I don't believe I will ever understand how any Man could ever decide to go to work for another man, and somehow believe that if he pays his Dues$$$$$$ to a third party (The unions) he is somehow going to be protected for life and in effect places his entire life and that of his Family, in the hands of a "third party" who has no skin in the game and when the third party has extracted all he can from the game he decides to cash out and leave everybody at the table broke. I suggest this could be compared to playing with an "empty" gun. I think I would rather define my own destiny keep my hard earned money and as my Father always said, "if you are working for another ...>> Read the entire comment.

Maybe I can help you understand

Do you have any idea what paying your dues provides? Evidently not. The dues you are paying helps negotiate the contract you are working under, in case your not aware, most professionals work under a contract a third party has negotiated for them, including all the top executives at corporations. This will relieve you from crawling in the office every six months begging for a raise, begging for time off due to a death in the family or other emergency, spells out the vacation timed earned for the years of service you provide, it will guarantee you will not be worked into the ground for sub standard wages, it will outline the insurance benefits you will receive, etc, etc. All of these things are laid out for you and you will also understand your end of the contract, you will also understand what the company must provide for your services, also, what you have to provide on your end, that usually means you have to work hard and give the company a days work for a days pay, Most educated people are more than willing to work under an organized contract for a few dollars a month. Something else you may not understand, many will not even qualify for the chance to pay dues, when you apply for a job with a major carrier such as Yellow, ABF Roadway etc., only about 3 % of applicants even qualify, because those with poor driving records, bad background checks, no proof of their past 10 years where-abouts and GOOD STEADY employment record will be rejected. While a lot of good applicants are turned down, so are the ones that have no idea about what paying dues and working under a professional contract is all about, it's a two way street, it's protects everyone. And the ones that don't want, or don't understand about paying dues, well that's just as well, that leaves good jobs open for those that do understand.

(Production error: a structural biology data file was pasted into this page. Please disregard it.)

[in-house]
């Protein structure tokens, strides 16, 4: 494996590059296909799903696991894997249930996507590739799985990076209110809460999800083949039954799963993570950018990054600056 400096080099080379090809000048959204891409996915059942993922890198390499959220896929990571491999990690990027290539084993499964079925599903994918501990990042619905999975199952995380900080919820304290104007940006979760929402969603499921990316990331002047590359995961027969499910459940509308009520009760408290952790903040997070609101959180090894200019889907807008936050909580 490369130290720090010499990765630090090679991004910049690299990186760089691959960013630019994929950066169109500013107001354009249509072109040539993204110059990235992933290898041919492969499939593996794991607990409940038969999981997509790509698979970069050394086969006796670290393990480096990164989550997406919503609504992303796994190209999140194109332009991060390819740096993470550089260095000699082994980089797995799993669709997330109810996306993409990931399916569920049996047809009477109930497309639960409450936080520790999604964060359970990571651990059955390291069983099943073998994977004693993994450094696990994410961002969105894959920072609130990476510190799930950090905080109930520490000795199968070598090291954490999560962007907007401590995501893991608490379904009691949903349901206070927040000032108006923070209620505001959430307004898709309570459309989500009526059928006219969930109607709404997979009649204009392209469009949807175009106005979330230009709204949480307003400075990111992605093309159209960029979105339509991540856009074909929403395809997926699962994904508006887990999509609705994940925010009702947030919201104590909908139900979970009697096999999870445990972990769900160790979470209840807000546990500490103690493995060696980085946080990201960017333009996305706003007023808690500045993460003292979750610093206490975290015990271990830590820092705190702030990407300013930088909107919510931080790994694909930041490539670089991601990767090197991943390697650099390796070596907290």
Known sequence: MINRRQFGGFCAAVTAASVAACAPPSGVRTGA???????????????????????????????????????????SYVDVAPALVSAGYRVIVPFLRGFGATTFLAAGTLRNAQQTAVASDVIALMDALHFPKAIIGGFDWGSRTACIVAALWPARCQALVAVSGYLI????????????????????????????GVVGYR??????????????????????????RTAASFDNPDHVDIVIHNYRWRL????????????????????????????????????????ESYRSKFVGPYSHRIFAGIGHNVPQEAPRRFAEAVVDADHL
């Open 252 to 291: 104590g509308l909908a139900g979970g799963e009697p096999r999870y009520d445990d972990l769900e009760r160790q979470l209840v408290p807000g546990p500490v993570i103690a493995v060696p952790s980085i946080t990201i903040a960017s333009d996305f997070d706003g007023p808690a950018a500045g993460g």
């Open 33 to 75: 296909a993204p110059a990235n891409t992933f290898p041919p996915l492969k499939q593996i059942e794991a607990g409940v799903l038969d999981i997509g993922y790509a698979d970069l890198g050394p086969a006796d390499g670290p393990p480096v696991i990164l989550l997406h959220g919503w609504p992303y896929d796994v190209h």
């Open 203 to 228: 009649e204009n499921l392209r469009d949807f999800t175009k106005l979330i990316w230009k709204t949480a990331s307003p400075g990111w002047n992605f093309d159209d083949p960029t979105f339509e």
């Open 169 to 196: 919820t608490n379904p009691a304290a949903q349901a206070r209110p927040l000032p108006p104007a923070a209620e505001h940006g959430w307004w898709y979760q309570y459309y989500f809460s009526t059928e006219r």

Company takedown

I have worked for both the individual companies (yellow and roadway) when they were in their prime. Both had good productive UNION labor forces, vast modern fleets of equipment and PROFITs. Roadway was the envy of the industry profit wise. Profits brought about by the unionized workforce and the strictly busienss management. Was a no nonsense place to work, and we thrived made a good living and large operating margins for the company. Then in the fairly recent history of the two companies the umbrella corporation of Yellow Freight got the ridiculous idea to "buy" Roadway Express, the bankers, accountants, union officals should have known the eventual never have worked. The warning signs were there within months of the acqusition. Both should have been pinched off at that time and maybe they would have survived on their own. However, Zollars (YRC) elected to try to merge the two giants into one system, merged seniority lists, work rules, computer systems, and on and on. It just didnt work. Investors and and employees have suffered greatly because of the circumstances caused by the merger of YELLOW/Roadway. It is not the fault of the unionized work force that the company has got to the current sad state of affairs, it is from the top down, the upper management, not the lower tiers, and certainly not the workers. The union however should never have allowed the merger to take place (i honestly doubt they had the legal power to stop it anyway.) Again, for all you union haters, the fact that these folks who are working for YrC does not make them any less a person or a lazier worker than you. I have worked the union docks, office, and garage, and I assure you you have to perform. YRC is on thin ice, but you never can tell, they might get through this and be really on top again, and the non-union guys will again be lined up begging for work on the YRC docks.
I have worked for both the individual companies (yellow and roadway) when they were in their prime. Both had good productive UNION labor forces, vast modern fleets of equipment and PROFITs. Roadway was the envy of the industry profit wise. Profits brought about by the unionized workforce and the strictly busienss management. Was a no nonsense place to work, and we thrived made a good living and large operating margins for the company. Then in the fairly recent history of the two companies the umbrella corporation of Yellow Freight got the ridiculous idea to "buy" Roadway Express, the bankers, accountants, union officals should have known the eventual never ...>> Read the entire comment.

you missed the big picture

with out more give back from labor we are going under .did you miss that part

You're not seeing the big

You're not seeing the big picture. The union workers have given back 15% of their wages and agreed to no cost of living increases for five years. They also agreed to no pension contributions for two years. They have given until they can't give any more. Yes, salaries and wages is a big cost in the trucking industry. Please keep in mind, however, that this figure includes so much more than just the union workers. Management and other non-union employees are also a big part. Restructuring can be successful if everyone does their part. Union employees have. Now is the time for management to find efficiency gains and other savings. They were running too close to break even before the economy took a dive. More than just the unions need to give.

YRC Bankrupcy- ABF#2 ltl carrier incorrect.

Greetings, in your article on YRC's impending bankruptcy there is a reference to ABF being the #2 LTL carrier,this information is incorrect. ABF is not even in the TOP 5. 2009 rank was #6 Transport Topics. While ABF will certainly benefit from a YRC closing they will not be the only large carrier to do so. FEDEX, CONWAY and UPS FREIGHT will gobble up the lions share of the business YRC gives up as these carriers offer far superior service than does ABF. FYI

RE: Anonymous on YRC

Anonymous, I believe the article meant to state that ABF is the 2nd largest LTL carrier with unionized labor. As for your statement on whose service is more superior, that's not quite as accurate when you look at transit times, claim ratios, and safety records. FYI